This granite discoidal is from Hancock County, Illinois. Discoidals were used in the game ‘chunkey’, which emerged during the Mississippian period, ca. 1400 BP, at the major population centre of Cahokia, near modern St Louis, Missouri.
This well-made example has the concave sides typical of this artefact type. It was made by hammerdressing followed by grinding and polishing.
The artefact is in the Michigan State University Museum, Archaeology Teaching Collection, catalogue no. 2000.2.24.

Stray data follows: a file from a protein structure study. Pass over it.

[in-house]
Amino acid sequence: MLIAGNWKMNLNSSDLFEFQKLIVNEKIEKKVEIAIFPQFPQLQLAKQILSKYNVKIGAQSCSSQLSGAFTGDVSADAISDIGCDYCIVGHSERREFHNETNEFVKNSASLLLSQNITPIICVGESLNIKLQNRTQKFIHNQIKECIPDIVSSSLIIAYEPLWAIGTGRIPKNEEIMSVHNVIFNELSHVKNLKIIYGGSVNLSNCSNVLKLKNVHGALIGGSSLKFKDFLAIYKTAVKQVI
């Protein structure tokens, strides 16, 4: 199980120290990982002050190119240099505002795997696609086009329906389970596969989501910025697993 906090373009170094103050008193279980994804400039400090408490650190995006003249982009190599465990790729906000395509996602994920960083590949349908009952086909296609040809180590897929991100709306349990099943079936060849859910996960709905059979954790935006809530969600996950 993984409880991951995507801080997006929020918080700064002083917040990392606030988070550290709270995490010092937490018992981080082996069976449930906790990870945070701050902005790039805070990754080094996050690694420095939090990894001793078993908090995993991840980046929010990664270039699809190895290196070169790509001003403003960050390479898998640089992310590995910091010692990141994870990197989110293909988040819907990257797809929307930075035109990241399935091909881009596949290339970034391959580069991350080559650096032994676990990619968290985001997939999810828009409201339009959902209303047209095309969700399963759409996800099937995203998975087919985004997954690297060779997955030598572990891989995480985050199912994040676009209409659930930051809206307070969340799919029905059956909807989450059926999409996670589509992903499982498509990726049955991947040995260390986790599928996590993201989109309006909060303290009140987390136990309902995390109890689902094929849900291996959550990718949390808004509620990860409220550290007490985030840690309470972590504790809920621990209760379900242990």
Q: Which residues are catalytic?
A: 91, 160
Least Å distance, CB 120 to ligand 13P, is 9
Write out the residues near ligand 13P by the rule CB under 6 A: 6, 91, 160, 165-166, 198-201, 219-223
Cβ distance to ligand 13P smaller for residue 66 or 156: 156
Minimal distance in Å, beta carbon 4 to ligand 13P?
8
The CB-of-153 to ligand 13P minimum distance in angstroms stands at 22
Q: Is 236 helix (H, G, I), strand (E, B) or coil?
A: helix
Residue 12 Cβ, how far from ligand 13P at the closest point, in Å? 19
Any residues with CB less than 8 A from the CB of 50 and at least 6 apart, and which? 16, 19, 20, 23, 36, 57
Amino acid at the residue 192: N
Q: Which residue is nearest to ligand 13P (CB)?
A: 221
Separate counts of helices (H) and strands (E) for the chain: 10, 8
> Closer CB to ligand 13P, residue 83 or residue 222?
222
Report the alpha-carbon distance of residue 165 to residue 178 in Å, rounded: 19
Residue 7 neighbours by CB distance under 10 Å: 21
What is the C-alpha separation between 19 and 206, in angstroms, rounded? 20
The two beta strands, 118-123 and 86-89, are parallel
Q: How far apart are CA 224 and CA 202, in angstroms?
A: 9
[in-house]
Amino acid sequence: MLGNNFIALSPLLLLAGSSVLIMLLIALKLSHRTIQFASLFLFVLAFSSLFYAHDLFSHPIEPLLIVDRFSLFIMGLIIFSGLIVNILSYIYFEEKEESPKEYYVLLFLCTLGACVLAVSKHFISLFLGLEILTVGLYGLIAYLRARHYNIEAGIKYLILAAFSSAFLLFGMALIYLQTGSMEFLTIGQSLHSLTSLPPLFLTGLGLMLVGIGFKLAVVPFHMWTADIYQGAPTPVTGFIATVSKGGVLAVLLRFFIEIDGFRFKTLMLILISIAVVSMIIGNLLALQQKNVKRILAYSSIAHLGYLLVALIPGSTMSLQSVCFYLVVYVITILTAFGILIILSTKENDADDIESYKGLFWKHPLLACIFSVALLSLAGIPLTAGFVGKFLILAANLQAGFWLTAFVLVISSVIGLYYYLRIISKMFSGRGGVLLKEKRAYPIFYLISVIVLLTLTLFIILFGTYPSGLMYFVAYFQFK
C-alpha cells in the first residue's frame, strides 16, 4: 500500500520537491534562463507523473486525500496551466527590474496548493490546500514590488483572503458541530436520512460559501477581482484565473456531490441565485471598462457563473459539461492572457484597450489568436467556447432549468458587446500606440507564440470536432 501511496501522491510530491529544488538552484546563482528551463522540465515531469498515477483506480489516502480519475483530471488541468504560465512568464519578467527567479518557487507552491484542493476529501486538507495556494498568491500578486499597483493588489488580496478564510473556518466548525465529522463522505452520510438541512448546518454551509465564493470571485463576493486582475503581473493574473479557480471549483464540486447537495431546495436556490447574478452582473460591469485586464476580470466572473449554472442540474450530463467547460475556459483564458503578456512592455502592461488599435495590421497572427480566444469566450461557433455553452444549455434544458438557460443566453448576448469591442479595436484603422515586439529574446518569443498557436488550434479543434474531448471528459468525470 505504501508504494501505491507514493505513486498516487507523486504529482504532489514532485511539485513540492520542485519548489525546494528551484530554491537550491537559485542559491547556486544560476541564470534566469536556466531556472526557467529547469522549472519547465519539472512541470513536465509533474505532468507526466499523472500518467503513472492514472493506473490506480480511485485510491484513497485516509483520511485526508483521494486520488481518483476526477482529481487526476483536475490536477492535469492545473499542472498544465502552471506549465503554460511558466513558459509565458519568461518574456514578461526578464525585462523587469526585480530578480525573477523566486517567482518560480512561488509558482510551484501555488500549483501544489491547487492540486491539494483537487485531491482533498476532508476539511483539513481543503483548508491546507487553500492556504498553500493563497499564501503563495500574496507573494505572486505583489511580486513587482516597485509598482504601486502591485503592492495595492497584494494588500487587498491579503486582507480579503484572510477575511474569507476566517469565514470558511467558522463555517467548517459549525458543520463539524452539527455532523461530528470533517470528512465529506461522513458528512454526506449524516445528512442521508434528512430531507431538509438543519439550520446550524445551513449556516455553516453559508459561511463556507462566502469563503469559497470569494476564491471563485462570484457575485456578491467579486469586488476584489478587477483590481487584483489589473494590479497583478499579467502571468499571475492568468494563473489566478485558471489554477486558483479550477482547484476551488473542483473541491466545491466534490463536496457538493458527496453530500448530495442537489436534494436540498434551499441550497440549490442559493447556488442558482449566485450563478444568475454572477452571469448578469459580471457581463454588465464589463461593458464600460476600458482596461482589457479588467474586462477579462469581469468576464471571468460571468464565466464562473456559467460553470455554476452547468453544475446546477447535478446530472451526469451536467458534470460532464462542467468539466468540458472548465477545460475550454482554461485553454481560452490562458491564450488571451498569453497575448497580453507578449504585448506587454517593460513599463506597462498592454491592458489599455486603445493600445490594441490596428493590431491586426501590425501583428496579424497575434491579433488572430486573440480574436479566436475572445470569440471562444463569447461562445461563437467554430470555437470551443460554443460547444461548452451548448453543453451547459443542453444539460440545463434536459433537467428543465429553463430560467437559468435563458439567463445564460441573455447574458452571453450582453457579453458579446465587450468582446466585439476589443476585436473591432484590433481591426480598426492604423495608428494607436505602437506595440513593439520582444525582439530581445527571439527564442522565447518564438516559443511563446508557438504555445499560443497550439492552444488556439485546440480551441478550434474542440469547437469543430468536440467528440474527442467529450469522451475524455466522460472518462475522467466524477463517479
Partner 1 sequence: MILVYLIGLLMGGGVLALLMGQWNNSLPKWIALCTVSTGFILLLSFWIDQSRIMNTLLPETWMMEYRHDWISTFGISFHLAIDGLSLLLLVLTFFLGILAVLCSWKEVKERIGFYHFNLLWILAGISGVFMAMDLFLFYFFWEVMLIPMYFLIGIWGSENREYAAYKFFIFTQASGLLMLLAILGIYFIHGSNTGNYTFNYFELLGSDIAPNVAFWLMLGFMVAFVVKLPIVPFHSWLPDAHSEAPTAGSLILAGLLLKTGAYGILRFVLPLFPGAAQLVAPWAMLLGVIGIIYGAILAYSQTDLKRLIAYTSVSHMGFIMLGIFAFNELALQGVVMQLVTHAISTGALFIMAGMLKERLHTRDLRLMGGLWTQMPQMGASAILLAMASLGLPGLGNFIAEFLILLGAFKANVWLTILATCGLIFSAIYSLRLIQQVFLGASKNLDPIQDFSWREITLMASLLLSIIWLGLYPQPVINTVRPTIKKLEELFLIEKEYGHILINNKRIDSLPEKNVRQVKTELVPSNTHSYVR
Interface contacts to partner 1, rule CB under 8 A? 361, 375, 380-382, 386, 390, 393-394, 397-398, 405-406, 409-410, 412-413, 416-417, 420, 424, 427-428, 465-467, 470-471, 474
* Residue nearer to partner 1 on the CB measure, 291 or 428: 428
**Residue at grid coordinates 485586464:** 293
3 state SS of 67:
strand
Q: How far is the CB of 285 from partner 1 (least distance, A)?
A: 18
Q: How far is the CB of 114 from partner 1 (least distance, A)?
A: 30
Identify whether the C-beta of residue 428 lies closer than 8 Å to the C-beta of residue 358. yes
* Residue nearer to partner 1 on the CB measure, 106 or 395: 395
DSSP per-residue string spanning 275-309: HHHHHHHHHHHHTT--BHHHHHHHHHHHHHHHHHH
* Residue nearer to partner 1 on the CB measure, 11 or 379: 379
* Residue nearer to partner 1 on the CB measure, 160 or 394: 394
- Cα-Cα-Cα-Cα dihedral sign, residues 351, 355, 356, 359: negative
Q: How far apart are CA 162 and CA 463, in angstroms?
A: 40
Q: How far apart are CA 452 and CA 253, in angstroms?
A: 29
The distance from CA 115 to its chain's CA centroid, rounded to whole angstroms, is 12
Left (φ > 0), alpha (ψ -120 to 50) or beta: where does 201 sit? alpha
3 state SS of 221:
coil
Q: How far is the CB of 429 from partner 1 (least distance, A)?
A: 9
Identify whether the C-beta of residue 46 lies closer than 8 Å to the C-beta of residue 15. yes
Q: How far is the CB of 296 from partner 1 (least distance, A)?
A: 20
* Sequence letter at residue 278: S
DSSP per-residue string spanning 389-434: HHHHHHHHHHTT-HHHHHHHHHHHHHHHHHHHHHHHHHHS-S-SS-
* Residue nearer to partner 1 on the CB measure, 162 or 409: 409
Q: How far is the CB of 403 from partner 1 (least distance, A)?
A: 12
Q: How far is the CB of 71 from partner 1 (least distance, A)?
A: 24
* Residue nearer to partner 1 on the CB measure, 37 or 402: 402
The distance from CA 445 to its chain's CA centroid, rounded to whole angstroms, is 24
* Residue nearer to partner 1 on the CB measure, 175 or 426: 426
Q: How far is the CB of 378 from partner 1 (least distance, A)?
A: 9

Chunkey was a popular game in eastern North America from ca. 1400 BP. It was still practiced in the early 1800s in the Southeastern United States and Great Plains. The game involved rolling the discoidal along the ground and throwing or sliding 2 metre-long hand-thrown spears (chunkey sticks) after it on the hard-packed surface. Among the Cherokee and Choctaw people, the score was tabulated based on the proximity of marks on the chunky sticks to the position of the discoidal stone when it stopped and fell over. Special arenas were prepared at aggregation sites, where large audiences witnessed the game and often gambled on the outcome. The game is represented in the art of the Southeastern Ceremonial Complex, along with representations of scalp locks and severed heads, suggesting that the game sometimes had serious overtones. The stones were owned by the town or clan rather than by individuals. Chunkey is still played today.